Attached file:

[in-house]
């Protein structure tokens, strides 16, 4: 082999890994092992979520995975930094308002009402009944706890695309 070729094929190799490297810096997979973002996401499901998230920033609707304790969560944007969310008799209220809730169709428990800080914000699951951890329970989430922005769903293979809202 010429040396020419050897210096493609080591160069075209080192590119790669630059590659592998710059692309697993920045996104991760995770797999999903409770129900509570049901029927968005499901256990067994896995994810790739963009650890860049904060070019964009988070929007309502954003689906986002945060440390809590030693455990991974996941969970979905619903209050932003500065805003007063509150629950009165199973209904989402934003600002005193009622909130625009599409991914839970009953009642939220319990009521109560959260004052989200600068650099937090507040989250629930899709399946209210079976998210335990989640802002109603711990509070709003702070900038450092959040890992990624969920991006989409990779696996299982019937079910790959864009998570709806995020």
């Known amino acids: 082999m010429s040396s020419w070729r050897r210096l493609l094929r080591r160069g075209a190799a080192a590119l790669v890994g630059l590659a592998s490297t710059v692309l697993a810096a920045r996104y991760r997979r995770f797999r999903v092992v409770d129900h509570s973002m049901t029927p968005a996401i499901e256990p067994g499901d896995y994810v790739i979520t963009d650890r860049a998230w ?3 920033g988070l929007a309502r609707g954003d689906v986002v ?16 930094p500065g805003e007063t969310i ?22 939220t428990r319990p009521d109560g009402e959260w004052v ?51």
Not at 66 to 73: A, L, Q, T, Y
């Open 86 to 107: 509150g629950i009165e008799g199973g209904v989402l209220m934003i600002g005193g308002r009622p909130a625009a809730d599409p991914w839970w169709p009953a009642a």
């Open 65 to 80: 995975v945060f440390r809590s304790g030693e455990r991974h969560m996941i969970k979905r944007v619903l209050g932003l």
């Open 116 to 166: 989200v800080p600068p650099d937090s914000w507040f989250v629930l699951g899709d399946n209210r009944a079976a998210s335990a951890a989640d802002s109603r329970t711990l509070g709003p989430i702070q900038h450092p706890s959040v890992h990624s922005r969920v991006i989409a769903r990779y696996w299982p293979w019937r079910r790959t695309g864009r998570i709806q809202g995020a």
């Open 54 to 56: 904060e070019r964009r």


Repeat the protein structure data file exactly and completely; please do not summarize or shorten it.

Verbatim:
[in-house]
């Protein structure tokens, strides 16, 4: 082999890994092992979520995975930094308002009402009944706890695309 070729094929190799490297810096997979973002996401499901998230920033609707304790969560944007969310008799209220809730169709428990800080914000699951951890329970989430922005769903293979809202 010429040396020419050897210096493609080591160069075209080192590119790669630059590659592998710059692309697993920045996104991760995770797999999903409770129900509570049901029927968005499901256990067994896995994810790739963009650890860049904060070019964009988070929007309502954003689906986002945060440390809590030693455990991974996941969970979905619903209050932003500065805003007063509150629950009165199973209904989402934003600002005193009622909130625009599409991914839970009953009642939220319990009521109560959260004052989200600068650099937090507040989250629930899709399946209210079976998210335990989640802002109603711990509070709003702070900038450092959040890992990624969920991006989409990779696996299982019937079910790959864009998570709806995020």
């Known amino acids: 082999m010429s040396s020419w070729r050897r210096l493609l094929r080591r160069g075209a190799a080192a590119l790669v890994g630059l590659a592998s490297t710059v692309l697993a810096a920045r996104y991760r997979r995770f797999r999903v092992v409770d129900h509570s973002m049901t029927p968005a996401i499901e256990p067994g499901d896995y994810v790739i979520t963009d650890r860049a998230w ?3 920033g988070l929007a309502r609707g954003d689906v986002v ?16 930094p500065g805003e007063t969310i ?22 939220t428990r319990p009521d109560g009402e959260w004052v ?51």
Not at 66 to 73: A, L, Q, T, Y
């Open 86 to 107: 509150g629950i009165e008799g199973g209904v989402l209220m934003i600002g005193g308002r009622p909130a625009a809730d599409p991914w839970w169709p009953a009642a």
């Open 65 to 80: 995975v945060f440390r809590s304790g030693e455990r991974h969560m996941i969970k979905r944007v619903l209050g932003l």
């Open 116 to 166: 989200v800080p600068p650099d937090s914000w507040f989250v629930l699951g899709d399946n209210r009944a079976a998210s335990a951890a989640d802002s109603r329970t711990l509070g709003p989430i702070q900038h450092p706890s959040v890992h990624s922005r969920v991006i989409a769903r990779y696996w299982p293979w019937r079910r790959t695309g864009r998570i709806q809202g995020a």
């Open 54 to 56: 904060e070019r964009r």